So technically speaking, exact match domains are likely to get more links that contain their search phrase that they’re trying to rank for because it’s the name of their domain. And that can also insulate you, give you a little bit more cushion to not be penalized by Google. And right now I bet 90% of people watching this video are going… like your eyes are just glazing over… and that’s why I say don’t even worry about that because when Google de-emphasized the importance of an exact match domain, it definitely helped level the playing field some. And at the end of the day, if you create value, it doesn’t matter what keywords are or are not in your domain name. It doesn’t matter what your domain name is. It’s going to get ranked with or without the keyword in the domain name. So that’s the important thing to remember.
But the old-school training in internet marketing… if you see anything even from a couple of years ago… maybe even as early as a year ago and especially five years ago plus… you know, three to five years back… everyone was saying, “Okay, you want to find your main keyword that you want to target and you want to buy the exact domain that matches that.” And that’s why you see a lot of things like MensSupplements.com or MyMensSupplementsHelp.com, like these really crappy domain names because they were just trying to get their keyword into the domain name and you don’t have to worry about that stuff as much anymore.
So if that’s what you’ve been taught in the past, I give you total permission to just kind of chuck that in the trash and move on because there’s better more up-to-date training and that’s what you’re going to learn here.
As I mentioned, new-school present day, there’s a lot more flexibility for branding based on the more level playing field due to exact match domains being de-emphasized by Google. So let’s talk about the anatomy of a perfect domain or as perfect of a domain as you can possibly get.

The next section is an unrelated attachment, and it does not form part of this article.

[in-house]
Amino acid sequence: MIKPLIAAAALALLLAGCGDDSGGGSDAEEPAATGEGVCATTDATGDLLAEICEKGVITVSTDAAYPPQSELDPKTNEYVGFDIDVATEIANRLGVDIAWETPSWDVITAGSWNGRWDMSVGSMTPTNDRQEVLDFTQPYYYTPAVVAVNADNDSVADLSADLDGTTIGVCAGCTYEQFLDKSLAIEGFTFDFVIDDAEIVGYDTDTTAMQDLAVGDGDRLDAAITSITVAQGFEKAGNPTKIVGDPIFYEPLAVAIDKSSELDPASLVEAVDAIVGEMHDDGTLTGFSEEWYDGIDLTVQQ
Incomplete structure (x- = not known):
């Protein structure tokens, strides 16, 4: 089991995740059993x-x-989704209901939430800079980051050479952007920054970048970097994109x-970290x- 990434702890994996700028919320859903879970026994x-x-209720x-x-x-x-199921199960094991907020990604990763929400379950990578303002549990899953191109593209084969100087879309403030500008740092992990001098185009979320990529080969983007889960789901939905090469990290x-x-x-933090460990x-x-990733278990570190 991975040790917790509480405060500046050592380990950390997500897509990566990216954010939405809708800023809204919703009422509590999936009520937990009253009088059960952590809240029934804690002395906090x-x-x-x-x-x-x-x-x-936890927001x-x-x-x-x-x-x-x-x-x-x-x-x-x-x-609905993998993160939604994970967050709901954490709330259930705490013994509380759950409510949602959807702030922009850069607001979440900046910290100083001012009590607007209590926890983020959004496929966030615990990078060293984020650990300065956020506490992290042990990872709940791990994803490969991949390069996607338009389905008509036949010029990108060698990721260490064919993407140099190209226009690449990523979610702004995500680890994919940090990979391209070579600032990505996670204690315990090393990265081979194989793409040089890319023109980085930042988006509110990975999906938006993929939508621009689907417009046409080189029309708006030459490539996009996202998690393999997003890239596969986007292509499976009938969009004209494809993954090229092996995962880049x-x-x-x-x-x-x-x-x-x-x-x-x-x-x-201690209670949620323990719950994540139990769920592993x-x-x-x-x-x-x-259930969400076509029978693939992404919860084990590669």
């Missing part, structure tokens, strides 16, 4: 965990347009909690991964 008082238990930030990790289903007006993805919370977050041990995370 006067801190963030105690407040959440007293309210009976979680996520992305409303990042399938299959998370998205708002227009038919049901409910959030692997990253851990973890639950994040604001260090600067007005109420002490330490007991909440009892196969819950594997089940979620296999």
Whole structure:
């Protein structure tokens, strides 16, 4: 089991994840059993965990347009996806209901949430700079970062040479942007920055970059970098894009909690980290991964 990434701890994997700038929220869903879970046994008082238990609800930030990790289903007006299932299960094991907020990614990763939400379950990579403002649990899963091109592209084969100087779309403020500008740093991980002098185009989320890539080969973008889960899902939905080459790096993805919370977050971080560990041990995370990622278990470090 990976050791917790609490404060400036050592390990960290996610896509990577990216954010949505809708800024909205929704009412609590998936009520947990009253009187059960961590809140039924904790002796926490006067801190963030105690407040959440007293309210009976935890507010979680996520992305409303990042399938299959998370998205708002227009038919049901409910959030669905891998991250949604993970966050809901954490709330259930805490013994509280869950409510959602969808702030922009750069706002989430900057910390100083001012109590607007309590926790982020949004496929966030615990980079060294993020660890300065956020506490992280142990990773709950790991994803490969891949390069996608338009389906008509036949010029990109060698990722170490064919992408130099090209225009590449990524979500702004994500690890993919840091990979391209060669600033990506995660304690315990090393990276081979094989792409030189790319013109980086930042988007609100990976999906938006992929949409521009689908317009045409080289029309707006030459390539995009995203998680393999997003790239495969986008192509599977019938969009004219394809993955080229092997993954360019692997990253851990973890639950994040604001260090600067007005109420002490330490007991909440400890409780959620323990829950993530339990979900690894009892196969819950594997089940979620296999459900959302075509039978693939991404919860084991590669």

Absolutely hands-down, .com if you can get it. .net and .org technically are also okay – they rank just as well. My problem with .net and .org are if I go to a website once and I pay attention to the brand name and I catch the brand name… say for example, StoppingScams.com… if I want to go back to that site I’m like, “Oh yeah, I saw this thing on Stopping Scams the other day…” and I’m going to put in Stoppingscams.com first. So if I had the domain StoppingScams.net or StoppingScams.org, that visitor would have trouble finding me. Maybe they can find me in Google if they search, but the top of mind as far as domains go is always – world-wide – .com. Flat out. And that’s why personally, I never register domain names that are not .com – at least, domain names that I’m trying to rank and make money with.
There’s some more advance training that I’d like to get into teaching at some point. I’ve dabbled with things like PBNs and private blog networks to make sure I’m up to date in the community so I’ve experimented with some things… you know, some properties I do not touch with PBNs because I don’t want to get them penalized… but other things I think it’s important to keep yourself up to date with all the skills in internet marketing.
So in that case, I have purchased .orgs and .nets but those aren’t to rank and make money with. Those are to use… you know, to leverage and to build ranking for other sites, which again, is so far beyond the level we’re at right now that is PBNs. To do them correctly are so technically demanding they require so much knowledge. So don’t even worry about that right now. If you’ve heard PBNs and you’re like, “I want to get into that!” If you’re still learning to build a website and you’ve never had a profitable internet business and you don’t even know the basics of on-page/off-page SEO, I would not venture into PBNs right off the bat because there’s so much foundational knowledge you need to build between here and there.
And I hope to teach PBNs at some point as well, but for now, just again taking us back to the present moment… .com if you can get it and just know .org and .net are okay if you’re okay with them. But also, I want to share my personal standard: I keep searching until I find a .com always. If I’m trying to make money with a site, if I’m trying to build a brand through a website, I am going to find a .com even if it’s not the most desirable brands because that .com was taken and I have to come up with another brand, I will sacrifice that for a .com rather than going .net or .org. So keep that in mind.